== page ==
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Lawyers recount attacks on magistrates in courtrooms


A Mombasa-based lawyer Jared Magolo has recounted how, 17 years ago a magistrate got a rude shock when a suspect facing robbery with violence charges splashed human waste on her.

The suspect sneaked into the courtroom with human waste wrapped in a polythene bag before throwing the court into confusion.

The then Mombasa Senior Resident Magistrate Teresia Mwangi was forced to adjourn the court session as prison wardens tried to restore order.

Barely one month later, another suspect attempted to splash human waste on the same magistrate; however, police officers and prison wardens moved in quickly and prevented the ugly incident.

The suspect was arrested by the police and charged before another magistrate.

In the first incident, the suspect was angered by the magistrate's decision not to disqualify herself from hearing a robbery with violence case against him.

Lawyer Ngacaku Ngakui described last week's incident at Makadara Law Courts where a magistrate was shot and injured as a sad occurrence.

The Makadara Principal Magistrate Monica Kivuti succumbed to injuries while undergoing treatment on Saturday.

Ngakui said the attack could have been avoided if the police officer was not allowed into the courtroom with a gun.

Some years ago guns were not allowed in court premises.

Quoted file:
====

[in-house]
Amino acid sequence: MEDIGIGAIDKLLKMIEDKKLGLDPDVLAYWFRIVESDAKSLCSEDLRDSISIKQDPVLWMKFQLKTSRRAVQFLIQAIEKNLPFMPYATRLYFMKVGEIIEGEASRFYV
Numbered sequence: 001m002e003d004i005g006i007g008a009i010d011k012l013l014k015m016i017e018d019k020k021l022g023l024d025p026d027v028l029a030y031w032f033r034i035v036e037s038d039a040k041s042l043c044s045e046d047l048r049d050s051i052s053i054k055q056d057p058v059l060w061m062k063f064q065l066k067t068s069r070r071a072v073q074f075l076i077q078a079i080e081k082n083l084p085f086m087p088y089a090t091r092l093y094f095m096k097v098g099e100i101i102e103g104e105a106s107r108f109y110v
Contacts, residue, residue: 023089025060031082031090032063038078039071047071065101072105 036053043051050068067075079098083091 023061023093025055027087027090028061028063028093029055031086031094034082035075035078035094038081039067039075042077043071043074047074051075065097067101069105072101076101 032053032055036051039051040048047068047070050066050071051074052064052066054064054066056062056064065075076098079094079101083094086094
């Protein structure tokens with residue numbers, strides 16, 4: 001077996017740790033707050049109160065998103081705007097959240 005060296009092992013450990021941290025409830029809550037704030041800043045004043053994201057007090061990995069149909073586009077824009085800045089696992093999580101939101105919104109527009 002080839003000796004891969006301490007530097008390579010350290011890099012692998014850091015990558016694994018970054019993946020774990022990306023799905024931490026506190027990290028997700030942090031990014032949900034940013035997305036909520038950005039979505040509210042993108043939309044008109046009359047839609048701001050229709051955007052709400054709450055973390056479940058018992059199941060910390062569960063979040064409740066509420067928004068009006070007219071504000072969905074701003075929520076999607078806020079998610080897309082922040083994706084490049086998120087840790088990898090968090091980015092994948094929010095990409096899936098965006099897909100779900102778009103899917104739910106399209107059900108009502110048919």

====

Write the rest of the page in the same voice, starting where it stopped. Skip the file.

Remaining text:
"Prison wardens were allowed with their guns within the premises of the court but not in a courtroom," said Ngakui.

But this changed following increased threats of terrorism in the country and police were allowed to enter court premises with guns.

Ngakui is among the first Kenyan magistrates who replaced the colonial magistrates immediately after independence and says the Makadara case was a unique one.

He said court administrators should come up with better ways of handling armed police officers

"Although the screening of people entering the court premises has been there since the emergence of the terror threat against judicial officers, of late there has been laxity," he said.

Ngakui who appears not comfortable with private security being left to man the public entering the courts wonders whether they can stop armed police from the premises.

He said deploying private security in various courts cannot address the issue of police or the public carrying guns into the court premises.

"Although the search has been going on, I do not think a private security officer can stop a police officer or a member of the public carrying a gun from entering the court," he said.

Threats against magistrates in Mombasa Law Courts have gone unreported.

About three years ago, Mombasa Chief Magistrate Enda Nyaloti was forced to flee after a suspect accused of defiling a child attempted to beat her up in the courtroom.

The magistrate who was busy recording court proceedings screamed after the suspect jumped over the barrier between her and the accused.

Nyaloti fled for dear life leaving her shoes in the chambers as prison wardens wrestled the suspect. 

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